Browns Mailbag

Browns Mailbag: How have Browns become league's top rushing offense?

It's Patriots week in Berea but the Browns have kept the focus on themselves and what they can do to end their four-game losing streak. [



We're doing the same in this week's mailbag.

The offensive line was in question this offseason with the departure of Alex Mack and Mitchell Schwartz. Do you think these changes were a blessing in disguise with the Browns now leading the league in rushing? The combination of the spectacular Isaiah "Feed the Crow" Crowell and the new faces on the offensive line (center and RT) have transformed the Browns offense into the rushing dominant force. -- Brent H., Kalida

It's too simplistic of an outlook to say the Browns are a better rushing team without two legitimate starting offensive linemen from last season. Cleveland has filled those holes amicably and dealt with a barrage of injuries and shuffling to make it work on the offensive line, but the Browns emerging as the NFL's No. 1 rushing offense goes far deeper.

Browns coach Hue Jackson summed it up succinctly during his Wednesday press conference.

"Our guys have done a good job of blocking. Our runners have done a good job running. The quarterback gets us in the right play in the right situation. Everybody has a hand in that," Jackson said. "Obviously, Isaiah is playing extremely well and Duke (Johnson Jr.). Those guys are running like I think big-time runners run, but at the same time, they can't do it alone. Everybody has a piece of that – our tight ends, our receivers, our linemen –all of them do, but we have to continue to get better."

Let's start at the top with Jackson, who came to Cleveland after two years as offensive coordinator of a Cincinnati offense that ranked sixth and 13th, respectively, in rushing yards per game. As Joe Thomas said Wednesday, the Browns are using a variety of different schemes to keep defenses on their heels. Jackson is making key, in-game adjustments that put Crowell, Johnson and the Browns offensive line in the best possible situation.

"It really makes it very, very tough on defenses to try to come up with a good gameplan to try to defend what Hue is doing because it is different every week," Thomas said. "He is able to quickly identify what they are trying to do to stop us, and then we are able to come up with a way to defeat their second and third plan."

The Browns have blocked well in these situations despite starting three different centers in as many weeks. A number of Crowell's biggest runs have come right up the gut of the defense. And with Cody Kessler at quarterback, the Browns have had minimal drop-off when it pertains to the handle of what the opposing defense is doing and how he can put the running game in the best possible position. Kessler has been constantly recognized for the long hours he logs in the buildup to games, and that's paying off both as a passer and overall manager of the Browns offense.

Crowell and Johnson, of course, deserve a ton of credit as well. Crowell, in particular, has been simultaneously elusive and difficult to tackle, traits he showed in a big way on a short screen pass he took last week for a big gain on third-and-long to move the chains.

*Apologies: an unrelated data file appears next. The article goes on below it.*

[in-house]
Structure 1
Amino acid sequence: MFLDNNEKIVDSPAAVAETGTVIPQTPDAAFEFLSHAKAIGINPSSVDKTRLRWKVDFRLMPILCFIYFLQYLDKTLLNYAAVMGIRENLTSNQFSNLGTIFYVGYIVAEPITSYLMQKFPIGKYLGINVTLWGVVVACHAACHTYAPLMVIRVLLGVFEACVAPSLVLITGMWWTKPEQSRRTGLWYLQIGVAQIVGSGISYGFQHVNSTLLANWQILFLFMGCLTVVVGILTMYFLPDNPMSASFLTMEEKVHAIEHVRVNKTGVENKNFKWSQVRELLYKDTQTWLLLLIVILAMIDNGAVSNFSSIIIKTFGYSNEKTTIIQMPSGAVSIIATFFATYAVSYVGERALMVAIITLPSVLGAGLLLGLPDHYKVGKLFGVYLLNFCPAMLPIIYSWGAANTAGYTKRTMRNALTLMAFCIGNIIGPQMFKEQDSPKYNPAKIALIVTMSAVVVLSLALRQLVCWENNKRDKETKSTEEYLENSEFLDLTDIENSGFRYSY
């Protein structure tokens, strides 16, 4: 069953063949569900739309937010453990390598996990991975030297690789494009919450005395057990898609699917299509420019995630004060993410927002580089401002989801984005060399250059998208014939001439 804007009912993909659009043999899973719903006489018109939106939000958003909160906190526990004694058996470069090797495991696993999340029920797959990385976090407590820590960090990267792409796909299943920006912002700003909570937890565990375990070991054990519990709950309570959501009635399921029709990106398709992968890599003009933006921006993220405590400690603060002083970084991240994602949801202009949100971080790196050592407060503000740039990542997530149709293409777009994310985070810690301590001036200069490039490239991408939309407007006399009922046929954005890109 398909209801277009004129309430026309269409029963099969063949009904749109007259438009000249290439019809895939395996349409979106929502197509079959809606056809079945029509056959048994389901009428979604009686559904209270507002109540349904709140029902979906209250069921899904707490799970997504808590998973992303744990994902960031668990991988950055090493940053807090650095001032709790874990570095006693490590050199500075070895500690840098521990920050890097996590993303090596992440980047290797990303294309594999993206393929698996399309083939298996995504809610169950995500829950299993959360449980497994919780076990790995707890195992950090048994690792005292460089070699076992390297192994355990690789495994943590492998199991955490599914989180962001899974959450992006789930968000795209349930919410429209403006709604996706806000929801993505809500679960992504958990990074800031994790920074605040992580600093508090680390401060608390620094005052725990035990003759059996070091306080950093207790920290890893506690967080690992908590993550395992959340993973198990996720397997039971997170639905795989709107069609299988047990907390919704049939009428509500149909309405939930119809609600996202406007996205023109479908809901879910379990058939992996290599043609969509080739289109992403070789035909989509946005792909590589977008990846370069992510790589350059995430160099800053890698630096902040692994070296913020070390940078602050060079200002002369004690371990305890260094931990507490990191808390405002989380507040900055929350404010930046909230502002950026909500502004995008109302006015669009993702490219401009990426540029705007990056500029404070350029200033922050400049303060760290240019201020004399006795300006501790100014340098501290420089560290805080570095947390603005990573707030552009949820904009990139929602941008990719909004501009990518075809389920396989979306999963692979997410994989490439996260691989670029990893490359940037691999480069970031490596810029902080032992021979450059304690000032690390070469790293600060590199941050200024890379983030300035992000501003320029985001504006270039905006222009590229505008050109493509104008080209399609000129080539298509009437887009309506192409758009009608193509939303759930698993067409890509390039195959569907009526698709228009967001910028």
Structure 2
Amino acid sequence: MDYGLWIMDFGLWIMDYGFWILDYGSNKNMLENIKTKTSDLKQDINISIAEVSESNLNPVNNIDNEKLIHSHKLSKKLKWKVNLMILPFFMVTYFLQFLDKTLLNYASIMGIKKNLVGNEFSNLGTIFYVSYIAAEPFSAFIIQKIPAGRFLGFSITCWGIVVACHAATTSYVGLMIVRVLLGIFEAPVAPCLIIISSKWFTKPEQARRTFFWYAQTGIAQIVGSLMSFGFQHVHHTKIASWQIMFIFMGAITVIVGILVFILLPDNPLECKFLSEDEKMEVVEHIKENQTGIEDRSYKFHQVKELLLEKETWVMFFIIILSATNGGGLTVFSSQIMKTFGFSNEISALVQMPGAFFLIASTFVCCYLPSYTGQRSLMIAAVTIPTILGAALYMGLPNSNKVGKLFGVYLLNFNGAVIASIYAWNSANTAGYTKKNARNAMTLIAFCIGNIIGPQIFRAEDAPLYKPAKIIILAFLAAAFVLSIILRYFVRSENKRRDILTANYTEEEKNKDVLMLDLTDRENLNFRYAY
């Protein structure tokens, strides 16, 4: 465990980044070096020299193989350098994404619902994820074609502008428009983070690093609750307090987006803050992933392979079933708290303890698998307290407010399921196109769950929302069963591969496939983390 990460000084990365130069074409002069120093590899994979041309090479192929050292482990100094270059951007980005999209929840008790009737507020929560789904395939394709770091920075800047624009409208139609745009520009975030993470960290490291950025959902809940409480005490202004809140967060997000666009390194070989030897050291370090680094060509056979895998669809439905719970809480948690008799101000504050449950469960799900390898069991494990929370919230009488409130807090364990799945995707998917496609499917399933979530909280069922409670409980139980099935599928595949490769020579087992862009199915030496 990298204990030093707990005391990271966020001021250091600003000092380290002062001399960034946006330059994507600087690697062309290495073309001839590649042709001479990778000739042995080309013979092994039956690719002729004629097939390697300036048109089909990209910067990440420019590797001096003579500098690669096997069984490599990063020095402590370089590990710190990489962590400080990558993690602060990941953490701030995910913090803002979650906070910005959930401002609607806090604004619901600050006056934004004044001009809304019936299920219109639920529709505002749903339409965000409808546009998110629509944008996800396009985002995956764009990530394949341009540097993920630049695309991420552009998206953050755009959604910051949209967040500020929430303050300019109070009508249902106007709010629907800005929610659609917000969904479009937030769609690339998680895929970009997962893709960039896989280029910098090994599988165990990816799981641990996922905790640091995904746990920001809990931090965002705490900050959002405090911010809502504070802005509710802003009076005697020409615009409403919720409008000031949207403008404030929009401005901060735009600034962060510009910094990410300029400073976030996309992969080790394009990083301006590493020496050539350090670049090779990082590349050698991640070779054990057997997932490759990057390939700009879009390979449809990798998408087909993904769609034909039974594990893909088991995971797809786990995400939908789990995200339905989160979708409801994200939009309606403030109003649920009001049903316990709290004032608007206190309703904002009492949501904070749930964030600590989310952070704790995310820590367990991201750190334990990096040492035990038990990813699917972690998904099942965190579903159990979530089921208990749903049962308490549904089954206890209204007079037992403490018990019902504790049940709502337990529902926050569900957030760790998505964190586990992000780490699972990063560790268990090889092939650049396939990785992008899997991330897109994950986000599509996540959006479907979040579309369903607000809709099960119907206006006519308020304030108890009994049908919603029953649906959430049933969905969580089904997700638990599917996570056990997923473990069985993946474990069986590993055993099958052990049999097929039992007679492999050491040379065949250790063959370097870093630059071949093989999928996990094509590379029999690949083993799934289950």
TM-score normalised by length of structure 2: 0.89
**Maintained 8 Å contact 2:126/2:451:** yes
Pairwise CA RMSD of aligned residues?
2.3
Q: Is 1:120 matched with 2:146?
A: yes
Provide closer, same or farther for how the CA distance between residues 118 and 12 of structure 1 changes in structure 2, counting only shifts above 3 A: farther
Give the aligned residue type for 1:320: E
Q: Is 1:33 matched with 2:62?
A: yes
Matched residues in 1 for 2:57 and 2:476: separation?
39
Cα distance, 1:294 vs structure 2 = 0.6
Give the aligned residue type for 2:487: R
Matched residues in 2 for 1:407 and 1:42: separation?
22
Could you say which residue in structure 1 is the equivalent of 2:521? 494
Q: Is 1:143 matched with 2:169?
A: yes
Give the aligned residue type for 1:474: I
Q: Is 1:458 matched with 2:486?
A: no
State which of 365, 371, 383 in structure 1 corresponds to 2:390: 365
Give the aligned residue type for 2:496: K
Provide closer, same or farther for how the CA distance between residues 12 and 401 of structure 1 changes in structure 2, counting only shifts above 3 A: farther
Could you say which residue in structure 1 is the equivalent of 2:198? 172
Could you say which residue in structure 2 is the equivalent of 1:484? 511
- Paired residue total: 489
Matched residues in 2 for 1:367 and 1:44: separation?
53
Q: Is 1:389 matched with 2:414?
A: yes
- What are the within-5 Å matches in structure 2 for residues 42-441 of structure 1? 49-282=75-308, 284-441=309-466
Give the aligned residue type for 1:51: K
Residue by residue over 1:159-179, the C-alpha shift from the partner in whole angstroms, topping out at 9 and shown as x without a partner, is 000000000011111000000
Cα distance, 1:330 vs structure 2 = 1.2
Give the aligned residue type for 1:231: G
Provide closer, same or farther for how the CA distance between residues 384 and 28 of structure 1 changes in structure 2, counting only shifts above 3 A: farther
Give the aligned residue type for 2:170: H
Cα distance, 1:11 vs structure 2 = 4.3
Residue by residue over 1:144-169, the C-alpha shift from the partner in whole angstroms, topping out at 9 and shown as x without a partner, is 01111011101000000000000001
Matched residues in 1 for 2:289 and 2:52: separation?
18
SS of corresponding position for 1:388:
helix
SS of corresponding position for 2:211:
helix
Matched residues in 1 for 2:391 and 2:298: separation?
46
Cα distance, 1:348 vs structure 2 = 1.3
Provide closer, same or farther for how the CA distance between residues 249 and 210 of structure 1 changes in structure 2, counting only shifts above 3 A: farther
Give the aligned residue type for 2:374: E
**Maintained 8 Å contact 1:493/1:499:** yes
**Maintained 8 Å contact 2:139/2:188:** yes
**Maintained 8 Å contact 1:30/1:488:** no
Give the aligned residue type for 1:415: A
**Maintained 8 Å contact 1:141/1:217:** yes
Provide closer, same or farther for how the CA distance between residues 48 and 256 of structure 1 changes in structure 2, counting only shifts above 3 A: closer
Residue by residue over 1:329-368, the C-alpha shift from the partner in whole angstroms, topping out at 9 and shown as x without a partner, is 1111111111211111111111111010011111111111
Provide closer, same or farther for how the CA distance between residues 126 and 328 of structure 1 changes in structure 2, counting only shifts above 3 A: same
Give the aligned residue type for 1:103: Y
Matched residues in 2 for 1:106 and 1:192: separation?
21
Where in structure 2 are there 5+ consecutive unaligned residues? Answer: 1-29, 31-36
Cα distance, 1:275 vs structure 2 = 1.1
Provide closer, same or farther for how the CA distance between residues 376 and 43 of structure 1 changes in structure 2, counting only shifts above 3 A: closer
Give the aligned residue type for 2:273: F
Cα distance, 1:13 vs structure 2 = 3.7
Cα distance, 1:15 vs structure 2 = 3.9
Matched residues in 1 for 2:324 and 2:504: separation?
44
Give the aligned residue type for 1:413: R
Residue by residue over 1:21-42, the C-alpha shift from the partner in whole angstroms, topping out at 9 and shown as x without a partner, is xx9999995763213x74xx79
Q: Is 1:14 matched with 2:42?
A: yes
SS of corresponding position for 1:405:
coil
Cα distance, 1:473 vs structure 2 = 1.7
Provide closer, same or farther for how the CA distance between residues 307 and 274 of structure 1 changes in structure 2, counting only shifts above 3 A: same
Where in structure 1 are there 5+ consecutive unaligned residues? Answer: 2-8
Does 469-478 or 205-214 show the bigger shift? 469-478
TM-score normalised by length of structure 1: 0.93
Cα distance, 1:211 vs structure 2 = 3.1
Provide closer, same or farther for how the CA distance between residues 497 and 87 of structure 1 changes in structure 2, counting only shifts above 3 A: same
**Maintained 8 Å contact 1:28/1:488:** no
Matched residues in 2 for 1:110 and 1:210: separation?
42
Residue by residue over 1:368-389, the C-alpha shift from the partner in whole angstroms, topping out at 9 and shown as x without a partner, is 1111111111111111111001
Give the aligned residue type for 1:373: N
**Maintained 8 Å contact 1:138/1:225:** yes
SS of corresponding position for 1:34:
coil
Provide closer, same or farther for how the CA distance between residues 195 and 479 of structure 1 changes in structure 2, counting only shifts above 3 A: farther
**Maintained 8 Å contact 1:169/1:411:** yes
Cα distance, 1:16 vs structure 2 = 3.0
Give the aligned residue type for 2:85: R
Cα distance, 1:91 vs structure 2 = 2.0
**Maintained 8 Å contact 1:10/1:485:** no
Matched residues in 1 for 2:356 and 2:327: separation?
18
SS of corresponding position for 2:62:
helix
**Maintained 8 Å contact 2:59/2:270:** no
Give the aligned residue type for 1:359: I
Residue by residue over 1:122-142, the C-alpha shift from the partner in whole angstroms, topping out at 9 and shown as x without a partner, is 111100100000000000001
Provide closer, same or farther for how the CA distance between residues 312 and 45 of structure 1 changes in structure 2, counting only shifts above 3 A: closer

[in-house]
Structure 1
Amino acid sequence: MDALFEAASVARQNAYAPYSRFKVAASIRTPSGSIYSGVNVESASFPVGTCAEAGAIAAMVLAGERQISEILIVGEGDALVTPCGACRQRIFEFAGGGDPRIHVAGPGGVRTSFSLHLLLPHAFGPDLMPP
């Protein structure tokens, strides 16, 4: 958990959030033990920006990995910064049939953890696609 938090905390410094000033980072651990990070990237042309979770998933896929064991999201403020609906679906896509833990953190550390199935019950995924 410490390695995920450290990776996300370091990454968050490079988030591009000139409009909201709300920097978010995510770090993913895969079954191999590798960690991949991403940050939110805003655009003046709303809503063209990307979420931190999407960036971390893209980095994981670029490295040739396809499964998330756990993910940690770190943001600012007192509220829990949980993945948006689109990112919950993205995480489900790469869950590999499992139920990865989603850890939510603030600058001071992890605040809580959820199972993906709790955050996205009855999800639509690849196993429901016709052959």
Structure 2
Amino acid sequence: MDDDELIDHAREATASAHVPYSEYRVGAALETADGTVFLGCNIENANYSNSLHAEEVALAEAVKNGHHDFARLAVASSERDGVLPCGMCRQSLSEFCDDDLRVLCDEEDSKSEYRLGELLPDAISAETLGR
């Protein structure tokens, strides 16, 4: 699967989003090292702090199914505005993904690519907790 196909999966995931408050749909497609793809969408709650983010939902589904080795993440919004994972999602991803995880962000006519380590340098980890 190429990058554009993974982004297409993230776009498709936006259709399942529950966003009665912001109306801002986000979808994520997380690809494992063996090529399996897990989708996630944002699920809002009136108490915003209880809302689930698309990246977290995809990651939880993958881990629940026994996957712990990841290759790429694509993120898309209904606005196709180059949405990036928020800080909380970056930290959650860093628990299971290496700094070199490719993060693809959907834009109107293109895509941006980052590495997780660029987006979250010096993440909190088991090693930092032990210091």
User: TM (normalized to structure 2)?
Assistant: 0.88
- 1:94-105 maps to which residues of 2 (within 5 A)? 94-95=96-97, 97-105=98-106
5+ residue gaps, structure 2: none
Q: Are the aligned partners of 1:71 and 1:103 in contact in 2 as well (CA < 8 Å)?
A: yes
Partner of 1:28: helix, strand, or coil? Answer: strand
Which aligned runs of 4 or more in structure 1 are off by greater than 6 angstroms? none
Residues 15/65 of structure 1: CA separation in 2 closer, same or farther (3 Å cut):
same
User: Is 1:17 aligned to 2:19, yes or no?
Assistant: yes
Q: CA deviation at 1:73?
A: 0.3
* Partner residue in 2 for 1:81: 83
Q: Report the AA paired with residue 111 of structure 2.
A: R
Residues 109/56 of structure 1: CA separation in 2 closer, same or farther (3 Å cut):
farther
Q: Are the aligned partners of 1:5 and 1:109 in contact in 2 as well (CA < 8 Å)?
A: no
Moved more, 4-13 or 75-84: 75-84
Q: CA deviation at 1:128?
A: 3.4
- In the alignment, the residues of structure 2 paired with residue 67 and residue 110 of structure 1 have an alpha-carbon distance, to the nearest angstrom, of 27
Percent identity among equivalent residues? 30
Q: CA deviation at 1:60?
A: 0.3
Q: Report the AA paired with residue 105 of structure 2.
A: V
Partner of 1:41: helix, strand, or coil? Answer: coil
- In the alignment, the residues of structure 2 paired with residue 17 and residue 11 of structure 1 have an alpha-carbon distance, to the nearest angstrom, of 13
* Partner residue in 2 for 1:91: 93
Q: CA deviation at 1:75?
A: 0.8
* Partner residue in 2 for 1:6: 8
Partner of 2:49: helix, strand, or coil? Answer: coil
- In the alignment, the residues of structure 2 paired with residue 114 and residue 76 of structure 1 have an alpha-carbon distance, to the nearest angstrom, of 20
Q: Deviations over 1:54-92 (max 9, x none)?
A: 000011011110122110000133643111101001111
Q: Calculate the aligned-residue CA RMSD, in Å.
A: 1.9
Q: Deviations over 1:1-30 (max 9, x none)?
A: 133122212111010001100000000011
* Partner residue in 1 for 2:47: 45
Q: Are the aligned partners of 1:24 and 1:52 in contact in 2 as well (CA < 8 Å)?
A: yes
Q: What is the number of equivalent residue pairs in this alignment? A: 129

"They are running with a lot of anger," Thomas said. "The first and second guy are not going to be tackling most people right now. It is fun to block for a guy like Crow and a guy like Duke when they run so hard. Even when we have them blocked for 2 yards, they gain 4."

I haven't heard much on Shon Coleman, how is he progressing as a NFL player? -- Brandy M., Madison, Alabama

Coleman continues to grow and develop behind the scenes. Last week marked his first time on the active gameday roster but he has yet to see the field. When the Browns picked Coleman in the third round, they always had the long game in mind, knowing that Coleman was not only dealing with an injury, but also coming from an Auburn offense that differs significantly from what he's a part of in the NFL.

Although Crow has done well so far, I still see him not hitting the holes the line is opening. I'd like to see Terrell Watson out there. In preseason he proved he's not afraid of taking and giving the hit. Like Doug and Jim said on the radio, Watson is like a sledgehammer. Any chance of seeing him soon? -- Rich N., Medina

The Browns appear to be pretty comfortable with their setup at running back, as Crowell and Johnson are joined by George Atkinson III, who has yet to receive a carry, and fullback Malcolm Johnson. Watson, though, remains with the team as a member of the practice squad.

Why did the Browns choose Charlie Whitehurst as their backup? -- Austin G., Cleveland

Jackson said it best the day after Whitehurst was signed.

"Here is a guy that has played in the National Football League and has been in the league for a lot of years and has seen a lot of different defenses," Jackson said. "I think that gives everybody a calming thought process in the case that if something were to not happen right, here is a guy that can go out there and play."

Whitehurst hasn't been needed so far, but he's got two more weeks in the system since he's been signed, making him even more comfortable in case he needs to fill in for Kessler.

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